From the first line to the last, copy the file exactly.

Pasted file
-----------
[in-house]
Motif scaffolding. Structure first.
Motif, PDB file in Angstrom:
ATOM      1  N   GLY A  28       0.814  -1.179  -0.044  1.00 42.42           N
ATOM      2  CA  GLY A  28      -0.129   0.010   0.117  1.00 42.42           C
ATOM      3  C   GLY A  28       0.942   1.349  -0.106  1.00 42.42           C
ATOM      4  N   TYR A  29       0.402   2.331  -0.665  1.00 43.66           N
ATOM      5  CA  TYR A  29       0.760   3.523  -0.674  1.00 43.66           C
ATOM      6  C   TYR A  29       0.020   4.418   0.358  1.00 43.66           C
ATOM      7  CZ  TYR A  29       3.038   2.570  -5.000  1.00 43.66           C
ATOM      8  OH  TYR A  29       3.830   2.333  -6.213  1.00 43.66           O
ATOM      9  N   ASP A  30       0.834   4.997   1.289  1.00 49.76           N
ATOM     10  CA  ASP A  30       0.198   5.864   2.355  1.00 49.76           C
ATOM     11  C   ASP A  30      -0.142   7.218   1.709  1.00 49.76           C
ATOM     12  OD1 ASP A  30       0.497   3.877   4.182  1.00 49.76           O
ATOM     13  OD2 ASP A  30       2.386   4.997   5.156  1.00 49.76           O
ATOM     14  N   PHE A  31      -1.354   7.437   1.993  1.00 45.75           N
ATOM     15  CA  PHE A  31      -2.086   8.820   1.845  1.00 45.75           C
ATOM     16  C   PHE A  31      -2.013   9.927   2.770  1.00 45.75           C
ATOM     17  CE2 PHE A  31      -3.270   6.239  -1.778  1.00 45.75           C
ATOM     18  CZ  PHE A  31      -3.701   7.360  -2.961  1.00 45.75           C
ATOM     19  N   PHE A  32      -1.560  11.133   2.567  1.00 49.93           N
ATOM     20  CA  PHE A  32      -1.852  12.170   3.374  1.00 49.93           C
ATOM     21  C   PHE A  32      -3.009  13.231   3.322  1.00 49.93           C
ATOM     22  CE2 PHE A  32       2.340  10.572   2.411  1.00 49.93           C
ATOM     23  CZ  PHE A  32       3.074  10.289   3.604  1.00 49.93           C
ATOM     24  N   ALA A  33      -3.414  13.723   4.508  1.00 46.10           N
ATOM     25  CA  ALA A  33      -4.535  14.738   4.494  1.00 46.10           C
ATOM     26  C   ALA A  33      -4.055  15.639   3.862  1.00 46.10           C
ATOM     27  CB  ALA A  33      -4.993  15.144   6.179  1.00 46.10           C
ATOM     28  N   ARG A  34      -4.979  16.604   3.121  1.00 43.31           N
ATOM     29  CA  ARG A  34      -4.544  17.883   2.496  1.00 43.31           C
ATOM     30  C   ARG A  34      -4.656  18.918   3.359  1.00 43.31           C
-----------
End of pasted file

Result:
[in-house]
Motif scaffolding. Structure first.
Motif, PDB file in Angstrom:
ATOM      1  N   GLY A  28       0.814  -1.179  -0.044  1.00 42.42           N
ATOM      2  CA  GLY A  28      -0.129   0.010   0.117  1.00 42.42           C
ATOM      3  C   GLY A  28       0.942   1.349  -0.106  1.00 42.42           C
ATOM      4  N   TYR A  29       0.402   2.331  -0.665  1.00 43.66           N
ATOM      5  CA  TYR A  29       0.760   3.523  -0.674  1.00 43.66           C
ATOM      6  C   TYR A  29       0.020   4.418   0.358  1.00 43.66           C
ATOM      7  CZ  TYR A  29       3.038   2.570  -5.000  1.00 43.66           C
ATOM      8  OH  TYR A  29       3.830   2.333  -6.213  1.00 43.66           O
ATOM      9  N   ASP A  30       0.834   4.997   1.289  1.00 49.76           N
ATOM     10  CA  ASP A  30       0.198   5.864   2.355  1.00 49.76           C
ATOM     11  C   ASP A  30      -0.142   7.218   1.709  1.00 49.76           C
ATOM     12  OD1 ASP A  30       0.497   3.877   4.182  1.00 49.76           O
ATOM     13  OD2 ASP A  30       2.386   4.997   5.156  1.00 49.76           O
ATOM     14  N   PHE A  31      -1.354   7.437   1.993  1.00 45.75           N
ATOM     15  CA  PHE A  31      -2.086   8.820   1.845  1.00 45.75           C
ATOM     16  C   PHE A  31      -2.013   9.927   2.770  1.00 45.75           C
ATOM     17  CE2 PHE A  31      -3.270   6.239  -1.778  1.00 45.75           C
ATOM     18  CZ  PHE A  31      -3.701   7.360  -2.961  1.00 45.75           C
ATOM     19  N   PHE A  32      -1.560  11.133   2.567  1.00 49.93           N
ATOM     20  CA  PHE A  32      -1.852  12.170   3.374  1.00 49.93           C
ATOM     21  C   PHE A  32      -3.009  13.231   3.322  1.00 49.93           C
ATOM     22  CE2 PHE A  32       2.340  10.572   2.411  1.00 49.93           C
ATOM     23  CZ  PHE A  32       3.074  10.289   3.604  1.00 49.93           C
ATOM     24  N   ALA A  33      -3.414  13.723   4.508  1.00 46.10           N
ATOM     25  CA  ALA A  33      -4.535  14.738   4.494  1.00 46.10           C
ATOM     26  C   ALA A  33      -4.055  15.639   3.862  1.00 46.10           C
ATOM     27  CB  ALA A  33      -4.993  15.144   6.179  1.00 46.10           C
ATOM     28  N   ARG A  34      -4.979  16.604   3.121  1.00 43.31           N
ATOM     29  CA  ARG A  34      -4.544  17.883   2.496  1.00 43.31           C
ATOM     30  C   ARG A  34      -4.656  18.918   3.359  1.00 43.31           C